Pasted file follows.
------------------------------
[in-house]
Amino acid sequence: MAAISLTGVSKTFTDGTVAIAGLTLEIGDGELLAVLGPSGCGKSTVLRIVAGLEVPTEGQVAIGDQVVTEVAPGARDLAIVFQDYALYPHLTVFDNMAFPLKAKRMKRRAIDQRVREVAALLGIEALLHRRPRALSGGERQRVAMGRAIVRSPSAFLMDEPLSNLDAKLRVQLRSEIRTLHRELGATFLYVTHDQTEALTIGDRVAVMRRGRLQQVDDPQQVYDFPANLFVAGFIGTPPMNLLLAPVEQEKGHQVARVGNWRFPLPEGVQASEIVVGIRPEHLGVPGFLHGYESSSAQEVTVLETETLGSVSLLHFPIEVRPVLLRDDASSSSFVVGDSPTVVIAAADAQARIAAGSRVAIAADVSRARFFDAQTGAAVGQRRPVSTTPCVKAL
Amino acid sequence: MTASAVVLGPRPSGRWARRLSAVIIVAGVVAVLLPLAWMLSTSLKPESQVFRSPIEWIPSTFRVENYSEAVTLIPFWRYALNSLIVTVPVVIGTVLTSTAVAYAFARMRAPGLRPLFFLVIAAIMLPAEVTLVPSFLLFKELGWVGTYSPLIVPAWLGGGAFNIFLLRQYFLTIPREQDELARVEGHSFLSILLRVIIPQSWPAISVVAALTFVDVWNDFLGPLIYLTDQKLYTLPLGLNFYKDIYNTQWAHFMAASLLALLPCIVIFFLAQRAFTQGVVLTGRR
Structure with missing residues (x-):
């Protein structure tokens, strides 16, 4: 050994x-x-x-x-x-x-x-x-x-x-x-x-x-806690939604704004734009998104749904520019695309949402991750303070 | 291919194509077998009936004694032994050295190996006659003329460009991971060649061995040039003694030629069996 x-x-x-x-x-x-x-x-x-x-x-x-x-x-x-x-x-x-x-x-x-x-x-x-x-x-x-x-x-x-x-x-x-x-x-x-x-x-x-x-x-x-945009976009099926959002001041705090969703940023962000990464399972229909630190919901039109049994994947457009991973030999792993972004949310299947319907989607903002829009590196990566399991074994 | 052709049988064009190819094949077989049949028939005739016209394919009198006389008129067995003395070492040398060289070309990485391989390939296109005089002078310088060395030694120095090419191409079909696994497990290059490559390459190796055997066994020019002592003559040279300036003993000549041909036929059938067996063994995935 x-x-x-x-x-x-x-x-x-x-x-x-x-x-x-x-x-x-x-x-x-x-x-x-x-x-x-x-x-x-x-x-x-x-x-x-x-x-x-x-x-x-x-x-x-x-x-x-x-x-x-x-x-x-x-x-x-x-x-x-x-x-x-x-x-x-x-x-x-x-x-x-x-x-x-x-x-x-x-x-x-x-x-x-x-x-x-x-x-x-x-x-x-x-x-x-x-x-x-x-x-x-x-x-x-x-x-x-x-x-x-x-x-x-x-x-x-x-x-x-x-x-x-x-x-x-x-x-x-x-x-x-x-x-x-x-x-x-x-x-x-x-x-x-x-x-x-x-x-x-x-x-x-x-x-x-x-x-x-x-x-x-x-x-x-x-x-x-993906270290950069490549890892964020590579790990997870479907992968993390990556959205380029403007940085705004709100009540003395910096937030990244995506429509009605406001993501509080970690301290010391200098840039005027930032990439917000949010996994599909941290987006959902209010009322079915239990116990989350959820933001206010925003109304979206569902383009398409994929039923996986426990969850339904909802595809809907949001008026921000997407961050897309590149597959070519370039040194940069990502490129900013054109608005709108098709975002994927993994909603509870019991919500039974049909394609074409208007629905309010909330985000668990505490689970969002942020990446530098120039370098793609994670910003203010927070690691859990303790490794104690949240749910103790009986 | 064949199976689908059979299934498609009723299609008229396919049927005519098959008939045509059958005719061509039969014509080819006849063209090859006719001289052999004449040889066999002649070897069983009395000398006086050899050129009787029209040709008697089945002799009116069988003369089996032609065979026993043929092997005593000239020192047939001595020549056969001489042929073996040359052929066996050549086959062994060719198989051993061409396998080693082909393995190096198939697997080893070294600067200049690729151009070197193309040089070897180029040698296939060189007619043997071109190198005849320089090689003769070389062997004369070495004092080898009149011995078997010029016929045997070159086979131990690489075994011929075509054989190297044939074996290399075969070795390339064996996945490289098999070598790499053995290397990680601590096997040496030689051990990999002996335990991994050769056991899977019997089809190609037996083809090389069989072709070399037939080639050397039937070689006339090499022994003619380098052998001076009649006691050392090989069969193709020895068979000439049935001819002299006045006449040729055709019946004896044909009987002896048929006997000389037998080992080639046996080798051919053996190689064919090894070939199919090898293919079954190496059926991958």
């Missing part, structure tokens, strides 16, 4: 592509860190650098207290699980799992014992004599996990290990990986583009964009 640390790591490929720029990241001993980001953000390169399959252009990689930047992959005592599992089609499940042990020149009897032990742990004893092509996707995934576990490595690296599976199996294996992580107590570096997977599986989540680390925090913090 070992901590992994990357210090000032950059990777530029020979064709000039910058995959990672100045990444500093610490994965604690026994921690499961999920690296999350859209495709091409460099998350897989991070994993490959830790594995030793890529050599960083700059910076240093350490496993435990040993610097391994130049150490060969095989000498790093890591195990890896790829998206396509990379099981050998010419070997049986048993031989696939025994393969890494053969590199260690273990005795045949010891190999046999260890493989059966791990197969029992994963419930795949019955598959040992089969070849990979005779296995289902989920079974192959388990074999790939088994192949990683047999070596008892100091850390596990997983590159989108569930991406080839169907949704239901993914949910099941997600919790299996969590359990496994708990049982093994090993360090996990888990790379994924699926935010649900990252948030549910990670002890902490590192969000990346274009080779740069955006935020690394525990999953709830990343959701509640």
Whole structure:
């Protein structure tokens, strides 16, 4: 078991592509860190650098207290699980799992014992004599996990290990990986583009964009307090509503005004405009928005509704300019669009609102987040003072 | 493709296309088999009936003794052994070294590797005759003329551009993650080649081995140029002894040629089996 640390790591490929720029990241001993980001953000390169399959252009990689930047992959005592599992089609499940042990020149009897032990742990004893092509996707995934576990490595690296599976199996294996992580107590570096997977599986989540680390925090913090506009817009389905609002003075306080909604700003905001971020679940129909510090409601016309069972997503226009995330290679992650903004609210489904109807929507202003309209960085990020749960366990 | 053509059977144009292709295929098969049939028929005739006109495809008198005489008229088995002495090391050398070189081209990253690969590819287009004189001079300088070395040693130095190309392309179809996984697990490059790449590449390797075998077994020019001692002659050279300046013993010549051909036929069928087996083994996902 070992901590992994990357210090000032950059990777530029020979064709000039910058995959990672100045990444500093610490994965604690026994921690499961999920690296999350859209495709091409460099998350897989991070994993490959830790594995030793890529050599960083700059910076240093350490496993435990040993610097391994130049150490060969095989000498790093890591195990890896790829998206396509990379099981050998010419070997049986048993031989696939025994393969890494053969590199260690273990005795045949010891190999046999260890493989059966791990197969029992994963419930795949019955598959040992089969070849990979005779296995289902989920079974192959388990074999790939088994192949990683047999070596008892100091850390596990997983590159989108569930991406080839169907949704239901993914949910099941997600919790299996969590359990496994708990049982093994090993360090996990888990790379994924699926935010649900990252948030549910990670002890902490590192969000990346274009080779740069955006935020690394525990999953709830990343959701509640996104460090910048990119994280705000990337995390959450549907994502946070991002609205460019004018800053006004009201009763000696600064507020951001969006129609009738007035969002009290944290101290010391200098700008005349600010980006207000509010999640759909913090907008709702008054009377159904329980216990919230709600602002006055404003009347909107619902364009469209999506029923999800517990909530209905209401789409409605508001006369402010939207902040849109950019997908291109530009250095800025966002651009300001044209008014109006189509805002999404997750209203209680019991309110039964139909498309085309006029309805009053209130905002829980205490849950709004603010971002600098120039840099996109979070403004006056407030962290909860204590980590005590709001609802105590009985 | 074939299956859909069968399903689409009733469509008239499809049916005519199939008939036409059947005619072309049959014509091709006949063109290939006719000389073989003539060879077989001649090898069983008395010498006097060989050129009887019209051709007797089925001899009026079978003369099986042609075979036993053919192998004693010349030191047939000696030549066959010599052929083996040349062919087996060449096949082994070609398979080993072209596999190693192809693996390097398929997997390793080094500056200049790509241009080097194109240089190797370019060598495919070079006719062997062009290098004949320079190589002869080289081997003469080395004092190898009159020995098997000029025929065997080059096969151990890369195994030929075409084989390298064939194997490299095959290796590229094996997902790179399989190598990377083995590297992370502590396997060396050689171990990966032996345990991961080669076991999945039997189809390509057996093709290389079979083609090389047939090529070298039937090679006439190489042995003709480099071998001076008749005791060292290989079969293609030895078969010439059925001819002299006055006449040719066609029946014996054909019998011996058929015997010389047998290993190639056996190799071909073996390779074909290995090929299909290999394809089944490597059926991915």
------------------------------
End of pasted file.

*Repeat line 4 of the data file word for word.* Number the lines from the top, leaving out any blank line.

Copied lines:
Structure with missing residues (x-):